Skip to content

Stand up and fight

Last fall was a low point in the turning wheel of my life.  I was getting sicker and my life was increasingly unstable.  I spent hours on the phone every day arguing with my insurance company about paying for testing, infusions, medications.  It was obvious to me even before the test results came back that my disease was affecting organ function worse than before.  It was becoming harder to envision a life that looked like the one I wanted to live.  My multitude of medications weren’t managing this anymore.  I was watching the life I had worked so hard to build be laid to waste by this disease.

I was mentally exhausted and so tired of fighting.  Every minute was a struggle.  I was so tired that I no longer cared what happened.  In the worst moments, I would whisper, “I just want it to be over.”  I didn’t want to die.  I just didn’t want to do this anymore.  I just wanted to stop fighting and go to sleep.  No one wanted to hear this.  If it happened to me, after all, it could happen to them.
I made it through this winter, with its bone pain and emotional upheaval and endless hours of doctors, hospitals and insurance.  Every day, I had to decide if I wanted to give up and just accept what would happen.  I would decide to keep going in the morning and if it felt insurmountable that day, I would tell myself that I could stop the next day.  But I never did.  I kept fighting, not because I wanted to, but I didn’t want to let everyone else in my life down.  Sometimes that is enough.  Sometimes we just some reason not to stop, and it doesn’t even matter what that reason is. 
There will come a day when I stop fighting, when I just accept that this is as good as it will ever get.  On that day, I will not argue with my doctors anymore, or send them papers on protocols I want to try, or write letters for them to sign so I can send them to my insurance company.  I will stop trying to stem the losses piling up in my life and just let them go.  I will sleep.  On the worst days, this seems like consolation.  It is comforting to know that at some point, I will be able to rest.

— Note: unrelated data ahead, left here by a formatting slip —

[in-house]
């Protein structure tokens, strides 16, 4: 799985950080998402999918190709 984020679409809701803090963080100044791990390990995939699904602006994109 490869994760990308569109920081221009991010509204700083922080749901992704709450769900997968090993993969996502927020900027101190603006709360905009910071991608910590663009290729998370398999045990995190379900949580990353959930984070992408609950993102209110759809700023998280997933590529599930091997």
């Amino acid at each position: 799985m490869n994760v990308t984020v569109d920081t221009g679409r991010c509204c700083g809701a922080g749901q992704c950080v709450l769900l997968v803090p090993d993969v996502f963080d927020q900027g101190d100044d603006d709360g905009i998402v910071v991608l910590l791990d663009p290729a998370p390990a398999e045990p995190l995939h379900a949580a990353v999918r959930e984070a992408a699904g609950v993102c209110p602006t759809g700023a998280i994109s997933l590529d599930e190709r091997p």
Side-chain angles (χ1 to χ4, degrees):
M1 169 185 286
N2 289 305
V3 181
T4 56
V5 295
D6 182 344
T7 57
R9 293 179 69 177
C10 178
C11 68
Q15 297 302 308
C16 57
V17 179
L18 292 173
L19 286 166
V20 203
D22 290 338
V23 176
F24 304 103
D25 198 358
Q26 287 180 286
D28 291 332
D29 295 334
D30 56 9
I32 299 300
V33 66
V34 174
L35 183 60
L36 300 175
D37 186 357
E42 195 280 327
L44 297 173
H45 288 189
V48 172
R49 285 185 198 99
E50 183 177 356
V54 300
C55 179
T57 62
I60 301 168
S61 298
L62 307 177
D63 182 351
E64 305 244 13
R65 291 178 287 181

A lot of us are struggling hard right now.  Really hard.  I am anaphylaxing weekly, sometimes more than once.  I am sleeping for 18 hours at a whack and get winded walking for a few minutes.  I have friends in the hospital, friends with sick kids, friends who are dying.  I know that some of them wish, like I did last fall, that it would just be over.  I know that some of them feel the strain of this endless struggle. 
But this is not the time.  This is not when we give up.  It’s not always this hard.  IT’S NOT ALWAYS THIS HARD.  If there comes a time when you can’t fight anymore, you will know.  Until then, you can’t give up. 
Every day this week, when I was done brushing my teeth after puking, I looked into the bathroom mirror and said, “Not today.”
Don’t give up.  You can do this.  You are doing this.
Stand up and fight.